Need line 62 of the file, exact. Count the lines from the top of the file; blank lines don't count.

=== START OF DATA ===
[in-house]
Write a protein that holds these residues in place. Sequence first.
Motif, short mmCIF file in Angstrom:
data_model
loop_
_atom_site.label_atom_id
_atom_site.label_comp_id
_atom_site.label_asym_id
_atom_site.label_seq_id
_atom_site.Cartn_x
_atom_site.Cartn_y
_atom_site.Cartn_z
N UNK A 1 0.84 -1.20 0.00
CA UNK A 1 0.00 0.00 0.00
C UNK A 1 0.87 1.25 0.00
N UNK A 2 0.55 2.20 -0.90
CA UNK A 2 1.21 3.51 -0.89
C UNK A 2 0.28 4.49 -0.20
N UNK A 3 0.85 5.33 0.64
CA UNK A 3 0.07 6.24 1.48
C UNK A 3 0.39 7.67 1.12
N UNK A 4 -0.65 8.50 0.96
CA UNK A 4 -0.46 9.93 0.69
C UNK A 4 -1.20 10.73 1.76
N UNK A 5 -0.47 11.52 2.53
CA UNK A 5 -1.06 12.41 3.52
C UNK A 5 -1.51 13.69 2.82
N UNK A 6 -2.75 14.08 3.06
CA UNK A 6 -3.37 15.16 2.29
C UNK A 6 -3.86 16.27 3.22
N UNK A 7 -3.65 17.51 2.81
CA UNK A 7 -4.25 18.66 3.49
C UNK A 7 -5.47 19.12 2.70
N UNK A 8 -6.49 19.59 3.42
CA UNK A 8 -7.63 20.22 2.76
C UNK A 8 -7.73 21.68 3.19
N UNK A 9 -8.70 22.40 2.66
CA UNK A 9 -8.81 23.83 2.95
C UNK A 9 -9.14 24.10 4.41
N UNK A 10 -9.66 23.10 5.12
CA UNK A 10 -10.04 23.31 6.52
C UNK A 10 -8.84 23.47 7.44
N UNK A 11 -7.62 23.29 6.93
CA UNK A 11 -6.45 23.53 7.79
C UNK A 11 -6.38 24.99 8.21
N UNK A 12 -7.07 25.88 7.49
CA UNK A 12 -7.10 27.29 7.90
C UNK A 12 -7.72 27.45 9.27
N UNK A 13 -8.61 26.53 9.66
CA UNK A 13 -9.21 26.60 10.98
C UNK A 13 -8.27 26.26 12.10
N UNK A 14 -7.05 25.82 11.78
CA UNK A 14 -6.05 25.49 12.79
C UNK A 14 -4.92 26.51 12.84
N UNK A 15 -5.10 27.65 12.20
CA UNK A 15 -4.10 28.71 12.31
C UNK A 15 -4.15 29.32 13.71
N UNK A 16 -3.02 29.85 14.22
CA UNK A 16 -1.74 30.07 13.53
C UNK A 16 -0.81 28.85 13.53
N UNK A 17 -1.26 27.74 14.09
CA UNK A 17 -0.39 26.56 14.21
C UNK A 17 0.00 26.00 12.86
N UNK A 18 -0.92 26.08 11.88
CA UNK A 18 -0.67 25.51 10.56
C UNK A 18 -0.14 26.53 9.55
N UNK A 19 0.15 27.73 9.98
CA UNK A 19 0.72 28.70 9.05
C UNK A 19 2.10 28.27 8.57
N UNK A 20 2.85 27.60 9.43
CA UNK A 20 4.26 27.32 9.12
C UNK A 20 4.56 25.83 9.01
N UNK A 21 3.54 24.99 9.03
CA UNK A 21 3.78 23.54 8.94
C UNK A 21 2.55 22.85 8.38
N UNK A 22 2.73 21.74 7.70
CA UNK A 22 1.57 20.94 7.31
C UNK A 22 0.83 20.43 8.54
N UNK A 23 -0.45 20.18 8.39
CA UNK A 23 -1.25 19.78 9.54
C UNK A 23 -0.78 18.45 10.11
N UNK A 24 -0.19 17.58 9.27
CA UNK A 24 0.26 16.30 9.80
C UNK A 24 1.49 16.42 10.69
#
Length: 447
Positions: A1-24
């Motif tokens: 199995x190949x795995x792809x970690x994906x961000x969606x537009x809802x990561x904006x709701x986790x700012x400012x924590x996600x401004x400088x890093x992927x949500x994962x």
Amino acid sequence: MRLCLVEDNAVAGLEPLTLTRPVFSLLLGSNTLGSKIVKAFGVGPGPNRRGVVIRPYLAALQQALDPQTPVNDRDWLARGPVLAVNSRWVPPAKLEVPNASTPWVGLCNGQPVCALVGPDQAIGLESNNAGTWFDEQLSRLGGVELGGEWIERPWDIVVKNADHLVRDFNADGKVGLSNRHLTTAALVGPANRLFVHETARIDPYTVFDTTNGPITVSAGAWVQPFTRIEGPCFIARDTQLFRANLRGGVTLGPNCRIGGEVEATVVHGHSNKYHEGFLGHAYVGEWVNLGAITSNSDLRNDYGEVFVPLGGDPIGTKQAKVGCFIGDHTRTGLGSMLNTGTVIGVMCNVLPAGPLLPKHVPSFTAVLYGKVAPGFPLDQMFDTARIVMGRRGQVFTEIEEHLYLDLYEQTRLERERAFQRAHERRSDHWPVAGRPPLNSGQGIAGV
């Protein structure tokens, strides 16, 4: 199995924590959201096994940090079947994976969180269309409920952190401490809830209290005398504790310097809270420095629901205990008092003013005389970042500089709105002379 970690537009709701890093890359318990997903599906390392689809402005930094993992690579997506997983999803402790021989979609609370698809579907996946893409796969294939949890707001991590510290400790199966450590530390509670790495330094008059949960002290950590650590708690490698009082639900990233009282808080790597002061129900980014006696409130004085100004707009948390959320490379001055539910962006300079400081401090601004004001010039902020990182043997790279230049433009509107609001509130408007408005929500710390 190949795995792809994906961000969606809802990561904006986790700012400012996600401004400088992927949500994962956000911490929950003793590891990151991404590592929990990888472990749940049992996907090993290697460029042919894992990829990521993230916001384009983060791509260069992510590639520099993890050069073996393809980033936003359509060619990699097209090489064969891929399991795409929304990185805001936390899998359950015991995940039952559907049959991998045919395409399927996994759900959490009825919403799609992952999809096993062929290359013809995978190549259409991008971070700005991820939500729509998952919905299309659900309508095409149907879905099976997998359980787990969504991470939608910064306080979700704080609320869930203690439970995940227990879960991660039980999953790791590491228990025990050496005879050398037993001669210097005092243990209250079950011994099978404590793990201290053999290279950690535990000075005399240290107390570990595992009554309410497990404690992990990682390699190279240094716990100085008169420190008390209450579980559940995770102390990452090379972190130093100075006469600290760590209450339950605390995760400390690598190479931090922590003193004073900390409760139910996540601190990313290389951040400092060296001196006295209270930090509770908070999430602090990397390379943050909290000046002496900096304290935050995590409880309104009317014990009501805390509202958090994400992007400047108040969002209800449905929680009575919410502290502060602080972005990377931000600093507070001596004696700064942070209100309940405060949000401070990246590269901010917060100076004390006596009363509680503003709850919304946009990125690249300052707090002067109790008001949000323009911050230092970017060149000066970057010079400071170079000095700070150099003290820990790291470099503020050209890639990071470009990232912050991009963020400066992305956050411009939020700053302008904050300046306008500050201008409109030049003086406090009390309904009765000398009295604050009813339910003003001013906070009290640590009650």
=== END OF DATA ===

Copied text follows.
CA UNK A 17 -0.39 26.56 14.21